Coming back to this day, a lot has changed since Freidman’s times. Over the 60 year period where the concept of brand, society, ecosystem and digital landscape has evolved in an enormous manner, one could argue the shift in Friedman’s statement stands out as follows: from “businesses are designed to increase profits” to "businesses are designed to increasing profitable solutions”.
To serve ‘the profitable solutions’ cause and encourage companies to move towards a more sustainable, ethical, involved, future-proof mindset many organizations have been established over the past decade. They are simply present to help. B-Corp and Blueprint are two examples of such. These organizations are guiding and evaluating corporations on a set of values and actions with the goal of establishing more profit- purpose balanced business schemes.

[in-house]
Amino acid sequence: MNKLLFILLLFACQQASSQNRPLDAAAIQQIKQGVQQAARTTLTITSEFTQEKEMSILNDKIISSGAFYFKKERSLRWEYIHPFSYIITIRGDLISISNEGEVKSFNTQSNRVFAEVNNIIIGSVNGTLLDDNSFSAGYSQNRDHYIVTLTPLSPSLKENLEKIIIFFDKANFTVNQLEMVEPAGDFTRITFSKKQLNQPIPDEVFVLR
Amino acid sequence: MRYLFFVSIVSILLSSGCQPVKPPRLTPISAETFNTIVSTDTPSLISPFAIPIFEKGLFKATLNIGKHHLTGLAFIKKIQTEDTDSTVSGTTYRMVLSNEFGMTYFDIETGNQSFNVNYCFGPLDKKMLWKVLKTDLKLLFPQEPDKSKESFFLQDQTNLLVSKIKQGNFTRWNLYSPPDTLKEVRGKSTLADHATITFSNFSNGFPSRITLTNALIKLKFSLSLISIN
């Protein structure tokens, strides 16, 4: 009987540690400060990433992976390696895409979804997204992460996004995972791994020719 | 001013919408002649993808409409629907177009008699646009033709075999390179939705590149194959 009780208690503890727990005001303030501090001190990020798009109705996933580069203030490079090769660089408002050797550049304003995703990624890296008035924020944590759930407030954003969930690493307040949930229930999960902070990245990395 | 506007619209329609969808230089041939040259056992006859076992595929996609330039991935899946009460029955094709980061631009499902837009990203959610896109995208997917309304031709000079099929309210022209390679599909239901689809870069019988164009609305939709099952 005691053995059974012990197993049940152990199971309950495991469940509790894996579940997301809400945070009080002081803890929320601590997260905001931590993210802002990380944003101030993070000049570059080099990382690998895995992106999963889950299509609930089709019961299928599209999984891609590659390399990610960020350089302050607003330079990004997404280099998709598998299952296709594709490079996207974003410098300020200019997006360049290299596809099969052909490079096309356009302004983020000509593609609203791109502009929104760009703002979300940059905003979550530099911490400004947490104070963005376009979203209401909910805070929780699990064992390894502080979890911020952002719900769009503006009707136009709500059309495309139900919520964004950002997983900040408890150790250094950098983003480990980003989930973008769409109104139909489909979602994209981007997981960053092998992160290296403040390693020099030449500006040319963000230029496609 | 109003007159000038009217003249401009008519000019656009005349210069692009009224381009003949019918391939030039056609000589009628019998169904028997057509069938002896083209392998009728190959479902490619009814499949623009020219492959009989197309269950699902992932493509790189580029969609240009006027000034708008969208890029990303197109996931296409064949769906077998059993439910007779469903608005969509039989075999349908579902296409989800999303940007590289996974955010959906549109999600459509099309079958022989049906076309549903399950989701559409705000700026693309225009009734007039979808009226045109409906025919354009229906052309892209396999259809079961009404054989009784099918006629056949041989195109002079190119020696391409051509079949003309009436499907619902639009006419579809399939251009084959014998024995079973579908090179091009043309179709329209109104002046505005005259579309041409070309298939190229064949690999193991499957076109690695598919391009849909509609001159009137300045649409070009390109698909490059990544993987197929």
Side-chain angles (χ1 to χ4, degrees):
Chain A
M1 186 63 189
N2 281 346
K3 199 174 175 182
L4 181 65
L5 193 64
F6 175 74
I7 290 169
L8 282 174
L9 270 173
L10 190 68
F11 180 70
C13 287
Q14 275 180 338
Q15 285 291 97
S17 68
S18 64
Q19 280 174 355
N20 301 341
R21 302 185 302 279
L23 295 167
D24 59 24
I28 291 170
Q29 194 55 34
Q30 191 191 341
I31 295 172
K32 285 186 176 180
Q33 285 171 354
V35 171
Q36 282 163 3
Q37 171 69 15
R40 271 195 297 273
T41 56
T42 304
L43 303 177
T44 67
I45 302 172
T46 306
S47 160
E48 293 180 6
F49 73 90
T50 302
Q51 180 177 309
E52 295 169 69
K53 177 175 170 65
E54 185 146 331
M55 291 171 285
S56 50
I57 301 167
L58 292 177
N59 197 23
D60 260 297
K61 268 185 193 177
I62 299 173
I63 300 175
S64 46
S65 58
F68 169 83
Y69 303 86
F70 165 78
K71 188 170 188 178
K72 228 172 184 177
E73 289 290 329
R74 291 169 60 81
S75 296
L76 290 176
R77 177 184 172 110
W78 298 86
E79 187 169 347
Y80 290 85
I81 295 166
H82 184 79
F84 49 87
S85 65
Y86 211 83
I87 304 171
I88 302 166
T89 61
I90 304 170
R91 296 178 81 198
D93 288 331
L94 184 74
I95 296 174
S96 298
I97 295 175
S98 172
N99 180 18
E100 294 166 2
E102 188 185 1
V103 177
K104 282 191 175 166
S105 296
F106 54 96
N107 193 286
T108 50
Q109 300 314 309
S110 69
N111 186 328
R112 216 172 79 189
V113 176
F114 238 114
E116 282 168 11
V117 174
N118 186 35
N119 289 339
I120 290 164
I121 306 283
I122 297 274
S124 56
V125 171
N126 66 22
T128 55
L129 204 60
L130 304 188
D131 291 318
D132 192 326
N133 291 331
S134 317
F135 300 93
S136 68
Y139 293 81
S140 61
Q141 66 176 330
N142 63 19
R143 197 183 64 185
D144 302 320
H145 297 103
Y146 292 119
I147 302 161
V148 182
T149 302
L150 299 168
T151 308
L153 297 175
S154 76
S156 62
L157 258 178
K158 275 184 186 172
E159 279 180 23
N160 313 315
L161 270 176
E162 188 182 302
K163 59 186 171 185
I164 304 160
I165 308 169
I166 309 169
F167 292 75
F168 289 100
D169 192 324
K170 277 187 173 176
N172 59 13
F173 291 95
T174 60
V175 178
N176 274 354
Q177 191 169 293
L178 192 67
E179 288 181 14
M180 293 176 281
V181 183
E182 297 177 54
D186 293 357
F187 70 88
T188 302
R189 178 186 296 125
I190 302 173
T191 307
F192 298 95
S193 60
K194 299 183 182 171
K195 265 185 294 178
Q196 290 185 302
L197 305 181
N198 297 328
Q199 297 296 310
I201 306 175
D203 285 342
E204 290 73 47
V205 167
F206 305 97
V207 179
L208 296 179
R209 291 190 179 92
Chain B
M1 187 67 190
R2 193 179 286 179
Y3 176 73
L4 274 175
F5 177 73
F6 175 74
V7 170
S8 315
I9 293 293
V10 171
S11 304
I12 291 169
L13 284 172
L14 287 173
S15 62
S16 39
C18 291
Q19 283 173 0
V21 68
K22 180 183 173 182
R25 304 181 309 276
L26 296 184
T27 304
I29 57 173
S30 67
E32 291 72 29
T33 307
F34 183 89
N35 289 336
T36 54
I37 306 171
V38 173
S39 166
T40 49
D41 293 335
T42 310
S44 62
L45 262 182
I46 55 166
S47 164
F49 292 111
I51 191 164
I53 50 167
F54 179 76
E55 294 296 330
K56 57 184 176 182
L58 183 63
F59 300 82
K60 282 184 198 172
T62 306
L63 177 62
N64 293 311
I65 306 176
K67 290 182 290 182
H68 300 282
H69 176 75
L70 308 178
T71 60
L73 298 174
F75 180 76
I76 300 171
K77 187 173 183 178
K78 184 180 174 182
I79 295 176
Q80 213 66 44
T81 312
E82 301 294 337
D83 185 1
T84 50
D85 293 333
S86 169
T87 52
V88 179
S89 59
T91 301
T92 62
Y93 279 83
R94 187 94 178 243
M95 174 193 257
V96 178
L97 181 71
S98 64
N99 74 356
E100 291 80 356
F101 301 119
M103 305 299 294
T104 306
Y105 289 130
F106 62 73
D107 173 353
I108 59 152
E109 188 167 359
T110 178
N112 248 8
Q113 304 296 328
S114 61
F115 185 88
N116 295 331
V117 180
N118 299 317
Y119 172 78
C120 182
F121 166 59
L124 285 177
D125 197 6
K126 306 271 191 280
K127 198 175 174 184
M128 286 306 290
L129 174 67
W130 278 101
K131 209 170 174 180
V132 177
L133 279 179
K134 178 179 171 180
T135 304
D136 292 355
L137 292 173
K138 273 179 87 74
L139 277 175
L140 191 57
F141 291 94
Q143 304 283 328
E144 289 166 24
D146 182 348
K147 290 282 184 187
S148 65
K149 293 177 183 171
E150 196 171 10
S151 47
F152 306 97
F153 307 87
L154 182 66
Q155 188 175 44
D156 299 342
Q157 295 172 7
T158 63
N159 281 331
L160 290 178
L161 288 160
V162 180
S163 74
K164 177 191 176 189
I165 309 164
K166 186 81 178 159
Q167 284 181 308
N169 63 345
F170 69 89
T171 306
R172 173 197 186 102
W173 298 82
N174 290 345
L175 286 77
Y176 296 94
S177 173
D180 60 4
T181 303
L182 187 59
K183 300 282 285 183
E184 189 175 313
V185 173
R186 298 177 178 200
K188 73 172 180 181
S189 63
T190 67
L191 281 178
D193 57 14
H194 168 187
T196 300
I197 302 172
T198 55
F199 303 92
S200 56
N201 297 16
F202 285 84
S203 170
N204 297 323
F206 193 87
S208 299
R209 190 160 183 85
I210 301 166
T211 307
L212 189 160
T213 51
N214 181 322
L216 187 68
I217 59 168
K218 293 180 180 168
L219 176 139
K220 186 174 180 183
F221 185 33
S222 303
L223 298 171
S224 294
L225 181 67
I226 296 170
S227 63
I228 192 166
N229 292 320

Now in an environment where money talks the loudest and profits still say the ‘last word’, this magnitude of change will not come easy to all corporations. But have no doubt that it’ll be coming keep coming in a steady manner. Just look at the increase in the amount of investments in purpose-driven companies during the last decade. That, on its own, is a solid enough indicator of where the change is heading towards. “Impact investing”, which describes investments that consider not only financial returns but also the effect those investments have on society-at-large has been growing exponentially. In short, it is seen bright as day that the corporations that will survive future’s natural selection test will be those who are ‘most purposely fit’ to make an impact.
Let’s face it. We all love that little heart shaped icon placed at the bottom left side of our posts. We love to see it bloom in red. If it were possible, we’d like it to be clicked more than once showcasing just how much other people enjoy our content. Well, all that love story is about to end.